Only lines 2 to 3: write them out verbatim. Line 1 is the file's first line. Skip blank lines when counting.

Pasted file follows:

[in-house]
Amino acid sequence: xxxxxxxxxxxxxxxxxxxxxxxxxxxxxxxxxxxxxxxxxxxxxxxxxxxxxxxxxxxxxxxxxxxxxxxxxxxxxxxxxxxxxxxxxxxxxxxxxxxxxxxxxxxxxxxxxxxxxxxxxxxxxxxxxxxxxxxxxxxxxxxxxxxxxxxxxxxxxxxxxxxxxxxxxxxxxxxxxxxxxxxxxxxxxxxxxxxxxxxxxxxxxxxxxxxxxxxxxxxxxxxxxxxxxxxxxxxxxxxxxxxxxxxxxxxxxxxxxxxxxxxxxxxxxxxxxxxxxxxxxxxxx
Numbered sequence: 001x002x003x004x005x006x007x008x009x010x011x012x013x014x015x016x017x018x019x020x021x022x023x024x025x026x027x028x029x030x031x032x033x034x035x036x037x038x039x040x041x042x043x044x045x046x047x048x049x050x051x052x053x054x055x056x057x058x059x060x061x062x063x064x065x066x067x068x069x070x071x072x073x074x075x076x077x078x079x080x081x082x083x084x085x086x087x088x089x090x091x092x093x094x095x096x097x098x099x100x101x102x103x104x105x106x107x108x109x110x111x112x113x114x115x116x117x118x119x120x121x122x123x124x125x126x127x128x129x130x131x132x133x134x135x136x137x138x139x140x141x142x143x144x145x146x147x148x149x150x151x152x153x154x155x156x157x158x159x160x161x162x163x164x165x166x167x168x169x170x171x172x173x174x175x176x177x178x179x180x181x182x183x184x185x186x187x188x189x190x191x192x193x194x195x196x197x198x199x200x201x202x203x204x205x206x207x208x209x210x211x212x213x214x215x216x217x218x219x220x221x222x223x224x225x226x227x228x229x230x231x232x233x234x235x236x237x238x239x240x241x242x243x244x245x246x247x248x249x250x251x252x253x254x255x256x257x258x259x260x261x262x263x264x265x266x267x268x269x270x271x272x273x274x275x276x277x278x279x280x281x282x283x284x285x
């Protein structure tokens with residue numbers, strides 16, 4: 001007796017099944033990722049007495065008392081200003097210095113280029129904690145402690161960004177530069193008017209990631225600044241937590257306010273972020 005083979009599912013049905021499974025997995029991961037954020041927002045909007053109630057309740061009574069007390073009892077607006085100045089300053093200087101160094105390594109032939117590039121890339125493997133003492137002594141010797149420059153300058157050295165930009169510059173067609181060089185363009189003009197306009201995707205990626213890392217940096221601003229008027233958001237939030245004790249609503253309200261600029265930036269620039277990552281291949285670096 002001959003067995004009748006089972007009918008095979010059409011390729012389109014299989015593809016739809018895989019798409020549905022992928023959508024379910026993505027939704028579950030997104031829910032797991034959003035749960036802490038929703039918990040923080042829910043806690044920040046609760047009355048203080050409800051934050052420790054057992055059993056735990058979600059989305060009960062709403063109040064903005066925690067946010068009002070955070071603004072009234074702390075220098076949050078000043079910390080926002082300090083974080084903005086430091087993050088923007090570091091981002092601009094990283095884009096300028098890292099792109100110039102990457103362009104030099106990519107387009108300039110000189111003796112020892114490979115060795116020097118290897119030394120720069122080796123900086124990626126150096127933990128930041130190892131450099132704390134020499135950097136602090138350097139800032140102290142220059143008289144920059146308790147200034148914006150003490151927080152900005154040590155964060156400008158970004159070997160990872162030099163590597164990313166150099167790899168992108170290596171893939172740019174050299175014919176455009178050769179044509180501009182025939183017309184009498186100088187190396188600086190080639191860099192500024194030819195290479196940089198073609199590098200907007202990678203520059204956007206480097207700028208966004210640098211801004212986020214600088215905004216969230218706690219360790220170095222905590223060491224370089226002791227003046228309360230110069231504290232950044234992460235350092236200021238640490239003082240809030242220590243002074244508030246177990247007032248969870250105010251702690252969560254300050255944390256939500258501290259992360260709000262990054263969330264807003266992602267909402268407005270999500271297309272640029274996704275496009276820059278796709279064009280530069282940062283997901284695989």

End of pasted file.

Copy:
Amino acid sequence: xxxxxxxxxxxxxxxxxxxxxxxxxxxxxxxxxxxxxxxxxxxxxxxxxxxxxxxxxxxxxxxxxxxxxxxxxxxxxxxxxxxxxxxxxxxxxxxxxxxxxxxxxxxxxxxxxxxxxxxxxxxxxxxxxxxxxxxxxxxxxxxxxxxxxxxxxxxxxxxxxxxxxxxxxxxxxxxxxxxxxxxxxxxxxxxxxxxxxxxxxxxxxxxxxxxxxxxxxxxxxxxxxxxxxxxxxxxxxxxxxxxxxxxxxxxxxxxxxxxxxxxxxxxxxxxxxxxxxxxxxxxxx
Numbered sequence: 001x002x003x004x005x006x007x008x009x010x011x012x013x014x015x016x017x018x019x020x021x022x023x024x025x026x027x028x029x030x031x032x033x034x035x036x037x038x039x040x041x042x043x044x045x046x047x048x049x050x051x052x053x054x055x056x057x058x059x060x061x062x063x064x065x066x067x068x069x070x071x072x073x074x075x076x077x078x079x080x081x082x083x084x085x086x087x088x089x090x091x092x093x094x095x096x097x098x099x100x101x102x103x104x105x106x107x108x109x110x111x112x113x114x115x116x117x118x119x120x121x122x123x124x125x126x127x128x129x130x131x132x133x134x135x136x137x138x139x140x141x142x143x144x145x146x147x148x149x150x151x152x153x154x155x156x157x158x159x160x161x162x163x164x165x166x167x168x169x170x171x172x173x174x175x176x177x178x179x180x181x182x183x184x185x186x187x188x189x190x191x192x193x194x195x196x197x198x199x200x201x202x203x204x205x206x207x208x209x210x211x212x213x214x215x216x217x218x219x220x221x222x223x224x225x226x227x228x229x230x231x232x233x234x235x236x237x238x239x240x241x242x243x244x245x246x247x248x249x250x251x252x253x254x255x256x257x258x259x260x261x262x263x264x265x266x267x268x269x270x271x272x273x274x275x276x277x278x279x280x281x282x283x284x285x